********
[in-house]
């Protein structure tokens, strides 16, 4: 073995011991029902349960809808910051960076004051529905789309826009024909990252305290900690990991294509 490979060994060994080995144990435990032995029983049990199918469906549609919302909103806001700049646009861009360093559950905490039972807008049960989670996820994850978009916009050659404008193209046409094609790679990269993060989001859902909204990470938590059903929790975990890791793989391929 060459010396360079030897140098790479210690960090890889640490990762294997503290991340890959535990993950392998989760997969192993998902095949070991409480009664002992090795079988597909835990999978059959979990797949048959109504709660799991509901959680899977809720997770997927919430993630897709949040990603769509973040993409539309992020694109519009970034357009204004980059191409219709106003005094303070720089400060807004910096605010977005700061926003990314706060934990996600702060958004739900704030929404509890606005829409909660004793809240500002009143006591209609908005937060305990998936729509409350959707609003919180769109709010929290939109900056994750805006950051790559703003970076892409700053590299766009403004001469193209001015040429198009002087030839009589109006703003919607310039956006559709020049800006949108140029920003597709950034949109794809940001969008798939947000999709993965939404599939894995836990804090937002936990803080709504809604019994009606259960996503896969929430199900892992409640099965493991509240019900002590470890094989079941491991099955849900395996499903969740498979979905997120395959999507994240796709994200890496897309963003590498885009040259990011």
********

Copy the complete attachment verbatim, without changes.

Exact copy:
[in-house]
């Protein structure tokens, strides 16, 4: 073995011991029902349960809808910051960076004051529905789309826009024909990252305290900690990991294509 490979060994060994080995144990435990032995029983049990199918469906549609919302909103806001700049646009861009360093559950905490039972807008049960989670996820994850978009916009050659404008193209046409094609790679990269993060989001859902909204990470938590059903929790975990890791793989391929 060459010396360079030897140098790479210690960090890889640490990762294997503290991340890959535990993950392998989760997969192993998902095949070991409480009664002992090795079988597909835990999978059959979990797949048959109504709660799991509901959680899977809720997770997927919430993630897709949040990603769509973040993409539309992020694109519009970034357009204004980059191409219709106003005094303070720089400060807004910096605010977005700061926003990314706060934990996600702060958004739900704030929404509890606005829409909660004793809240500002009143006591209609908005937060305990998936729509409350959707609003919180769109709010929290939109900056994750805006950051790559703003970076892409700053590299766009403004001469193209001015040429198009002087030839009589109006703003919607310039956006559709020049800006949108140029920003597709950034949109794809940001969008798939947000999709993965939404599939894995836990804090937002936990803080709504809604019994009606259960996503896969929430199900892992409640099965493991509240019900002590470890094989079941491991099955849900395996499903969740498979979905997120395959999507994240796709994200890496897309963003590498885009040259990011």